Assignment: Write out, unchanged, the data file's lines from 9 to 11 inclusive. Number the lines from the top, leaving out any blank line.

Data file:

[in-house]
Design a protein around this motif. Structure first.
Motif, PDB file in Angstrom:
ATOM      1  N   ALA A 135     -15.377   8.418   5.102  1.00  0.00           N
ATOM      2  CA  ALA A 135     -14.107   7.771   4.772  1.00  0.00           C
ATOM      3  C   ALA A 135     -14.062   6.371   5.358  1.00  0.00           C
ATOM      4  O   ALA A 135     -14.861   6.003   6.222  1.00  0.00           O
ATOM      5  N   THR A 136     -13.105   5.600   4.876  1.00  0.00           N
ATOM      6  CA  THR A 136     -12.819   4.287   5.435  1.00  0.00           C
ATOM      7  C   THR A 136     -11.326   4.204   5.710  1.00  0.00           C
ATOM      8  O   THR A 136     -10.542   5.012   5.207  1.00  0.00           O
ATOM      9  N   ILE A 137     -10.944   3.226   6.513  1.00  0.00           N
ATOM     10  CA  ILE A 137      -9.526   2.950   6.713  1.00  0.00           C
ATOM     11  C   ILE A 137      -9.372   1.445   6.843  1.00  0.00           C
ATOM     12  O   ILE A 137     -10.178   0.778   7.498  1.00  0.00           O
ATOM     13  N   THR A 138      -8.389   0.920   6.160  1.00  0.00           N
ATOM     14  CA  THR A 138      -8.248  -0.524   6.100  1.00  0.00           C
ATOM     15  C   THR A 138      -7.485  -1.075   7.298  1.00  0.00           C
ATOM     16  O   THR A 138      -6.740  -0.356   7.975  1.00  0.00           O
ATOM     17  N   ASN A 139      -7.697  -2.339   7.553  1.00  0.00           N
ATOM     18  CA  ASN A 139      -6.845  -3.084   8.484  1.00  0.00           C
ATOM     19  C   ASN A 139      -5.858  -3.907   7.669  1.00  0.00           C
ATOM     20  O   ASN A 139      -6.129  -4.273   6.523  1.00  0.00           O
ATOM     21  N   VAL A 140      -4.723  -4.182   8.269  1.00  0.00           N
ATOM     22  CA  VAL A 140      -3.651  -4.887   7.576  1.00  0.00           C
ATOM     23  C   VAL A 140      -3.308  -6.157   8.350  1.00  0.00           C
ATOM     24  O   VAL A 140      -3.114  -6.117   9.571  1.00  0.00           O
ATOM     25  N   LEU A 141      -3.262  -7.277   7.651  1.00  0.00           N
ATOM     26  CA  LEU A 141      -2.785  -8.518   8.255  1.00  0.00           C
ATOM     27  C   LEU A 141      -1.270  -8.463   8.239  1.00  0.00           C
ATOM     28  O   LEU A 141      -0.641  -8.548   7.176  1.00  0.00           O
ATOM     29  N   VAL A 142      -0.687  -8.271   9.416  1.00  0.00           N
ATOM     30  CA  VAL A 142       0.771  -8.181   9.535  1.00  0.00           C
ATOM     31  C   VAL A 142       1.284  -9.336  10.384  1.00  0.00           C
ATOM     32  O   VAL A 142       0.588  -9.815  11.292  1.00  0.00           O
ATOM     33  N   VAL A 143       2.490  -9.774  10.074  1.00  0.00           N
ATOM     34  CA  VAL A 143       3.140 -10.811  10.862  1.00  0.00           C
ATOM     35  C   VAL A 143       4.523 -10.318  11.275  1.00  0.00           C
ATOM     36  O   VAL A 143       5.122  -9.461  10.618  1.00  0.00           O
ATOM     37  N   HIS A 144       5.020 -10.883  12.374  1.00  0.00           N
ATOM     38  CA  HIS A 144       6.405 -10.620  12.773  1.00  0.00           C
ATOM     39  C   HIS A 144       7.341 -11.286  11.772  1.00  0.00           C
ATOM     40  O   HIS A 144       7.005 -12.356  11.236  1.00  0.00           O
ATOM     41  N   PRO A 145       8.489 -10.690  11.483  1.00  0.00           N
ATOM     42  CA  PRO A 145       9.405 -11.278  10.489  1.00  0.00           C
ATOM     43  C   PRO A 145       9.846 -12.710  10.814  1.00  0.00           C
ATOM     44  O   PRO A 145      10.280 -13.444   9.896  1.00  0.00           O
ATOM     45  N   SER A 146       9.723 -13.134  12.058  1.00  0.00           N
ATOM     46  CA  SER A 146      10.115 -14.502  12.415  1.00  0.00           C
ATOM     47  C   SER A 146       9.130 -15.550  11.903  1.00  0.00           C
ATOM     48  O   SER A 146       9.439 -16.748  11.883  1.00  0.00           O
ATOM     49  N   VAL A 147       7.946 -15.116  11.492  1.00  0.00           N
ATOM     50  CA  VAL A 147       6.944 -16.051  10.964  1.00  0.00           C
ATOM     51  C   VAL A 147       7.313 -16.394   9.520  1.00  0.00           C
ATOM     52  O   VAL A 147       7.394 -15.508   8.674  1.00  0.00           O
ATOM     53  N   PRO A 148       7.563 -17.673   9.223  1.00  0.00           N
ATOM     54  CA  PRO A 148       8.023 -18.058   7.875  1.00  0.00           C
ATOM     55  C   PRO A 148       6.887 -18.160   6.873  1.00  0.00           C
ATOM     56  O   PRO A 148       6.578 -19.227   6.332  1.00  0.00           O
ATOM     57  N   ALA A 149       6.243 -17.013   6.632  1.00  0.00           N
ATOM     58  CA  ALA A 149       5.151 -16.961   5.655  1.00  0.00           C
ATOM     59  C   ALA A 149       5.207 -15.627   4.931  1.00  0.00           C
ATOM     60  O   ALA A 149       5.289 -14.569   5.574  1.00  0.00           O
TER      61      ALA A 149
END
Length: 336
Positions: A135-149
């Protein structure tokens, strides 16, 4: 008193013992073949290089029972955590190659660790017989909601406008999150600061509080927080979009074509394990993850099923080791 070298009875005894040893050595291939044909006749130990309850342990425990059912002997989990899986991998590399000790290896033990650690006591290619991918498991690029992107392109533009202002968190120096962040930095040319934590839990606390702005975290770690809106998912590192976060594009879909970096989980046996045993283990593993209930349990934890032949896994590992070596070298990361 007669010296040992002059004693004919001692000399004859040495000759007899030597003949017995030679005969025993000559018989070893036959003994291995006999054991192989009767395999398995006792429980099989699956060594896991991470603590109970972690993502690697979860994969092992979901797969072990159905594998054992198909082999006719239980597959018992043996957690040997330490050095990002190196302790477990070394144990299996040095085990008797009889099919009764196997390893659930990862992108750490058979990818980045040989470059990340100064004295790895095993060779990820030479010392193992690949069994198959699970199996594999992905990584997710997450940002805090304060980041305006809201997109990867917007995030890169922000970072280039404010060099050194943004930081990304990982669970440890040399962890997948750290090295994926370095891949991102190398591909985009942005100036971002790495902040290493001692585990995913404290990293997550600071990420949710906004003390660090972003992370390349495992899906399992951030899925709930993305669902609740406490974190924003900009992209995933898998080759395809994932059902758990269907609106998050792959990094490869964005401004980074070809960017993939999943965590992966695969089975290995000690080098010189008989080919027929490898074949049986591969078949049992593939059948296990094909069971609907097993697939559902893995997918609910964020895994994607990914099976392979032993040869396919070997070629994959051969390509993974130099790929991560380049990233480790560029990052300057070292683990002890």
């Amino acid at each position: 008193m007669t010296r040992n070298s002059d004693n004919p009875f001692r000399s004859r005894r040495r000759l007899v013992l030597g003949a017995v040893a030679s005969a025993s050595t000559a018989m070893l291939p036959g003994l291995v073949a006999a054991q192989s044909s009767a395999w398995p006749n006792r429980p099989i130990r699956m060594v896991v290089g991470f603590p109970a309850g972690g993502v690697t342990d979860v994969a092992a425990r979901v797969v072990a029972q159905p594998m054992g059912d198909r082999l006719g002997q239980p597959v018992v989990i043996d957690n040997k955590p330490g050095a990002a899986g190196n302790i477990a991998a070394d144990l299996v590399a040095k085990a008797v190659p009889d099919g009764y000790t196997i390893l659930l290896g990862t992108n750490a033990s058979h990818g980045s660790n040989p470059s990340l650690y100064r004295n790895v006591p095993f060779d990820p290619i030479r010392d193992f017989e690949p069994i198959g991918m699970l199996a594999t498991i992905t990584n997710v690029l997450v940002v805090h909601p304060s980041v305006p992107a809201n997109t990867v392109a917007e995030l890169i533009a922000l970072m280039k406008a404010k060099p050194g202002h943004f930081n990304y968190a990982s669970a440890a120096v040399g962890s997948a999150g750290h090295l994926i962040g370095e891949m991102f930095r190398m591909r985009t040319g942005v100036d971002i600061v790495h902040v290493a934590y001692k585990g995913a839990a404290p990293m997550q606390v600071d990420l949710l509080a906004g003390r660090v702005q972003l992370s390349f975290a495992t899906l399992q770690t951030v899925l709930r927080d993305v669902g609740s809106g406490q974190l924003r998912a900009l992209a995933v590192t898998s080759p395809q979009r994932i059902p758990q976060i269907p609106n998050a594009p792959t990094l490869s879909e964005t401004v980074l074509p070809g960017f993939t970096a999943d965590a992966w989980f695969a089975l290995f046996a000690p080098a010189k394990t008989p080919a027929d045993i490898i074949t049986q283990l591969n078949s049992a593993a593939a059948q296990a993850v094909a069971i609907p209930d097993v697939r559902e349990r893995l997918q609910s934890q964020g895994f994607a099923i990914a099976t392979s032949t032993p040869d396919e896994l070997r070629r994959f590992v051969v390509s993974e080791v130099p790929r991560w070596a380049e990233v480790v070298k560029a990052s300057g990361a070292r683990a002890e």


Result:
ATOM      6  CA  THR A 136     -12.819   4.287   5.435  1.00  0.00           C
ATOM      7  C   THR A 136     -11.326   4.204   5.710  1.00  0.00           C
ATOM      8  O   THR A 136     -10.542   5.012   5.207  1.00  0.00           O